B+C: Tell us about how your family and friends help support your business.
EB: I’d say I’ve built a strong group of people around me who are: a) not a**holes, b) are super positive, and c) don’t bring me or other people down. I think it’s super important to remove negative people from your life. Additionally, have people around you that push you, who motivate you, and who you admire, and make you want to do more in the world.
B+C: What’s the best advice you’ve ever gotten?
EB: To always say, “Please,” “Thank you,” and “What do you think?” Three very basic things, but they help make people feel heard, feel like they’re appreciated, and it’s a sign of respect for other people.
B+C: What do you love about your job?
EB: I love that, while our company may sell aprons and workwear for the culinary space and now tons of other industries as well, what we’re really selling is so special: We’re selling confidence and dignity and a sense of pride for anyone and everyone who’s working to make their dreams come true. And if every person who wears Hedley & Bennett can raise their head up a little higher, do a better job, and have more trust in themselves, backed up with incredible action, that’s so much better than doing business just to do business. It makes it so that I have Hedley & Bennett with a purpose. Not just to have it.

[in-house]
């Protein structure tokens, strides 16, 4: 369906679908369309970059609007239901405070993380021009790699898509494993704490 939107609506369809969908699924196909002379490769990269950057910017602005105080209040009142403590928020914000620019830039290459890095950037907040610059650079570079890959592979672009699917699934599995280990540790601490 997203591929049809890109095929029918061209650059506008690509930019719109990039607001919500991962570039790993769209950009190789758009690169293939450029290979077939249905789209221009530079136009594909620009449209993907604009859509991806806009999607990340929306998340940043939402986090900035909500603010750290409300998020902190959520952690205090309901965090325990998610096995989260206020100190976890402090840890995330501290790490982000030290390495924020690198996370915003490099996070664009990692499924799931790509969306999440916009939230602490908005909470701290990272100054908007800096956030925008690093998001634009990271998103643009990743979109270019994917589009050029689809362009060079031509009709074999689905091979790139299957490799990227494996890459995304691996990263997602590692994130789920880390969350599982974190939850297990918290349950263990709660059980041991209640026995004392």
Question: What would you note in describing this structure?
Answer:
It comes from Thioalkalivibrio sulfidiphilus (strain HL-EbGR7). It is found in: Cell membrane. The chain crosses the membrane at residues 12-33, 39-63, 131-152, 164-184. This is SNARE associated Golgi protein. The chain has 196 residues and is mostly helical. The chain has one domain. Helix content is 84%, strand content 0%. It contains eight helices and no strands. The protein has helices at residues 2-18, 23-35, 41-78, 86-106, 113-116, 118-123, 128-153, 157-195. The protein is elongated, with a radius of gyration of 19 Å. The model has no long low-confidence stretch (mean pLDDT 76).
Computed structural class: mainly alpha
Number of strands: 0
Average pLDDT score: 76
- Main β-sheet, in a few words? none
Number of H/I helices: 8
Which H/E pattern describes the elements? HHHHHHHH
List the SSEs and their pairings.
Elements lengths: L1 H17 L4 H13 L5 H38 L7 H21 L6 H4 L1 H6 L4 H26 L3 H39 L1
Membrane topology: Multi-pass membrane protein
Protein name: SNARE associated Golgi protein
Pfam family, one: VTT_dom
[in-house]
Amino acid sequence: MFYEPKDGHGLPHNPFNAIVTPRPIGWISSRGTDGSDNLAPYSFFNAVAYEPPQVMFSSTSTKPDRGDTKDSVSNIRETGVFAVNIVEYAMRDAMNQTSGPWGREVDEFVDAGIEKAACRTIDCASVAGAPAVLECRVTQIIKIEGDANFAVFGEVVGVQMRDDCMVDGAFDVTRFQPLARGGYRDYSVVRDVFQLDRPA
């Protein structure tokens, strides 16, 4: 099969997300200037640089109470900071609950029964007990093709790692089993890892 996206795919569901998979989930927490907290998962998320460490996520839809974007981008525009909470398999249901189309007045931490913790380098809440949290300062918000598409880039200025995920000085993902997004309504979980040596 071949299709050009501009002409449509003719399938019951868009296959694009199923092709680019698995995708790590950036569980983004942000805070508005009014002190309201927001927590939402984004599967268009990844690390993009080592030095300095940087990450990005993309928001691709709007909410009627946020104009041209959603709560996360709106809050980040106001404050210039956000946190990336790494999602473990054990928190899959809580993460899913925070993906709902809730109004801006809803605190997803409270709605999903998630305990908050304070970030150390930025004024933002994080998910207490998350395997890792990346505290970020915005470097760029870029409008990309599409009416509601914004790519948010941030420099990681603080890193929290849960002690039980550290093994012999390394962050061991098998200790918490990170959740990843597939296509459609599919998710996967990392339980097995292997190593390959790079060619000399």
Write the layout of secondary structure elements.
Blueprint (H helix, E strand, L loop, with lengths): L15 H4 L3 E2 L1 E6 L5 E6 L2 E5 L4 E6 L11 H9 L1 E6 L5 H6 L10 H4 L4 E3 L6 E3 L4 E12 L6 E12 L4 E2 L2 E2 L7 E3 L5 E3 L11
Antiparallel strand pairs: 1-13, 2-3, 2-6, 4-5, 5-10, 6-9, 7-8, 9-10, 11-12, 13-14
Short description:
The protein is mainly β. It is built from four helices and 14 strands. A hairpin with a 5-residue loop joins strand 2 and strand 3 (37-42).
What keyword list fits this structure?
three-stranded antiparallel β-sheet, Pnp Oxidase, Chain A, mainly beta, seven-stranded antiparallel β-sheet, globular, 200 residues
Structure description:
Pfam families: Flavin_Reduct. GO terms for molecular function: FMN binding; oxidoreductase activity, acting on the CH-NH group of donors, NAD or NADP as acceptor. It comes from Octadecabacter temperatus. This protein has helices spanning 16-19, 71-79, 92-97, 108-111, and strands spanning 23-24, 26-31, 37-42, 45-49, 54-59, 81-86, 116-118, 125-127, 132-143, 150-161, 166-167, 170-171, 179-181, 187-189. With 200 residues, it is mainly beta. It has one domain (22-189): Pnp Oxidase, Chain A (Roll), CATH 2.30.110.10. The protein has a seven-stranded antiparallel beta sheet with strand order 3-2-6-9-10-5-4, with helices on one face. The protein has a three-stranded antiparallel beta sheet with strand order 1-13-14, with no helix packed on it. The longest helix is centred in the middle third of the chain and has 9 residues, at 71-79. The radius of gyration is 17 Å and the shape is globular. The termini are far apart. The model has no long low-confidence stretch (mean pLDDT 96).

B+C: Name two female heroes who you think should get a shout-out.
EB: Martha Stewart. Whether you like her or not, she’s been literally forging a path in the world of entrepreneurship way before it was cool to be an entrepreneur and even before it was acceptable to be a female entrepreneur. She’s one of those people who has done so much for so many men and women, as far as inspiration goes.